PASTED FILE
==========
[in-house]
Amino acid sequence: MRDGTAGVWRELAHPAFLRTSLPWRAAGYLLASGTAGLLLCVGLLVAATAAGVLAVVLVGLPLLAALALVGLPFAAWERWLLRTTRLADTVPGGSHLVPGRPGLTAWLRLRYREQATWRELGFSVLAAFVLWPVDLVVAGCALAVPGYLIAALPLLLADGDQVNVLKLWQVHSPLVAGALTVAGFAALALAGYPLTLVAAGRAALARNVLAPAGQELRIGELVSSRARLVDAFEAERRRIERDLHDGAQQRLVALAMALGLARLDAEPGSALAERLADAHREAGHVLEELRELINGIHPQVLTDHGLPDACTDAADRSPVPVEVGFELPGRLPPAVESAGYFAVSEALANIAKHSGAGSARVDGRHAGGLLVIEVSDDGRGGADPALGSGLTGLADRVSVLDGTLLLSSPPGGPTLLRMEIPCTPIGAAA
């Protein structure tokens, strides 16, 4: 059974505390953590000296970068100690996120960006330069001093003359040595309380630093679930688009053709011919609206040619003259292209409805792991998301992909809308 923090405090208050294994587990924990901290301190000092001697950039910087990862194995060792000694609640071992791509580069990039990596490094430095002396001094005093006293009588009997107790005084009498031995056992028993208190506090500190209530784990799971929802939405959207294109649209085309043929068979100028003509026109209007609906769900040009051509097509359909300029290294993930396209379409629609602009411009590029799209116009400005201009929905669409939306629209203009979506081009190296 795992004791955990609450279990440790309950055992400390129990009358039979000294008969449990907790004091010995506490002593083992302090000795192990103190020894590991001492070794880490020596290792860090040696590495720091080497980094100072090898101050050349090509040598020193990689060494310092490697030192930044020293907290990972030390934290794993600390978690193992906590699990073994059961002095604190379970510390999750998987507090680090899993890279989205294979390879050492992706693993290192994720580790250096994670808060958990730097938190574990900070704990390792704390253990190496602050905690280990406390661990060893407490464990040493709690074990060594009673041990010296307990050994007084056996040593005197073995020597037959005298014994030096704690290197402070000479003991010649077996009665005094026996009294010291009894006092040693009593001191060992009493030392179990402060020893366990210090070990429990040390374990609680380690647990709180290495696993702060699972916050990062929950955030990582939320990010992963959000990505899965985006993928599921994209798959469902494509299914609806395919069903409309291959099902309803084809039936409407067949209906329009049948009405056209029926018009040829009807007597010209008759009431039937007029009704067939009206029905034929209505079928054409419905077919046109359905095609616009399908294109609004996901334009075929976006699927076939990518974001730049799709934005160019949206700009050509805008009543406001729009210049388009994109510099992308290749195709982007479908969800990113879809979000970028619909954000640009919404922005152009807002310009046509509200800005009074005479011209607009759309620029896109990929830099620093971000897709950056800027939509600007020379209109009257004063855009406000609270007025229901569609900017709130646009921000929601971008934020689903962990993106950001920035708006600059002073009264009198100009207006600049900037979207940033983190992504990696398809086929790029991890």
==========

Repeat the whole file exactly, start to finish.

[in-house]
Amino acid sequence: MRDGTAGVWRELAHPAFLRTSLPWRAAGYLLASGTAGLLLCVGLLVAATAAGVLAVVLVGLPLLAALALVGLPFAAWERWLLRTTRLADTVPGGSHLVPGRPGLTAWLRLRYREQATWRELGFSVLAAFVLWPVDLVVAGCALAVPGYLIAALPLLLADGDQVNVLKLWQVHSPLVAGALTVAGFAALALAGYPLTLVAAGRAALARNVLAPAGQELRIGELVSSRARLVDAFEAERRRIERDLHDGAQQRLVALAMALGLARLDAEPGSALAERLADAHREAGHVLEELRELINGIHPQVLTDHGLPDACTDAADRSPVPVEVGFELPGRLPPAVESAGYFAVSEALANIAKHSGAGSARVDGRHAGGLLVIEVSDDGRGGADPALGSGLTGLADRVSVLDGTLLLSSPPGGPTLLRMEIPCTPIGAAA
């Protein structure tokens, strides 16, 4: 059974505390953590000296970068100690996120960006330069001093003359040595309380630093679930688009053709011919609206040619003259292209409805792991998301992909809308 923090405090208050294994587990924990901290301190000092001697950039910087990862194995060792000694609640071992791509580069990039990596490094430095002396001094005093006293009588009997107790005084009498031995056992028993208190506090500190209530784990799971929802939405959207294109649209085309043929068979100028003509026109209007609906769900040009051509097509359909300029290294993930396209379409629609602009411009590029799209116009400005201009929905669409939306629209203009979506081009190296 795992004791955990609450279990440790309950055992400390129990009358039979000294008969449990907790004091010995506490002593083992302090000795192990103190020894590991001492070794880490020596290792860090040696590495720091080497980094100072090898101050050349090509040598020193990689060494310092490697030192930044020293907290990972030390934290794993600390978690193992906590699990073994059961002095604190379970510390999750998987507090680090899993890279989205294979390879050492992706693993290192994720580790250096994670808060958990730097938190574990900070704990390792704390253990190496602050905690280990406390661990060893407490464990040493709690074990060594009673041990010296307990050994007084056996040593005197073995020597037959005298014994030096704690290197402070000479003991010649077996009665005094026996009294010291009894006092040693009593001191060992009493030392179990402060020893366990210090070990429990040390374990609680380690647990709180290495696993702060699972916050990062929950955030990582939320990010992963959000990505899965985006993928599921994209798959469902494509299914609806395919069903409309291959099902309803084809039936409407067949209906329009049948009405056209029926018009040829009807007597010209008759009431039937007029009704067939009206029905034929209505079928054409419905077919046109359905095609616009399908294109609004996901334009075929976006699927076939990518974001730049799709934005160019949206700009050509805008009543406001729009210049388009994109510099992308290749195709982007479908969800990113879809979000970028619909954000640009919404922005152009807002310009046509509200800005009074005479011209607009759309620029896109990929830099620093971000897709950056800027939509600007020379209109009257004063855009406000609270007025229901569609900017709130646009921000929601971008934020689903962990993106950001920035708006600059002073009264009198100009207006600049900037979207940033983190992504990696398809086929790029991890």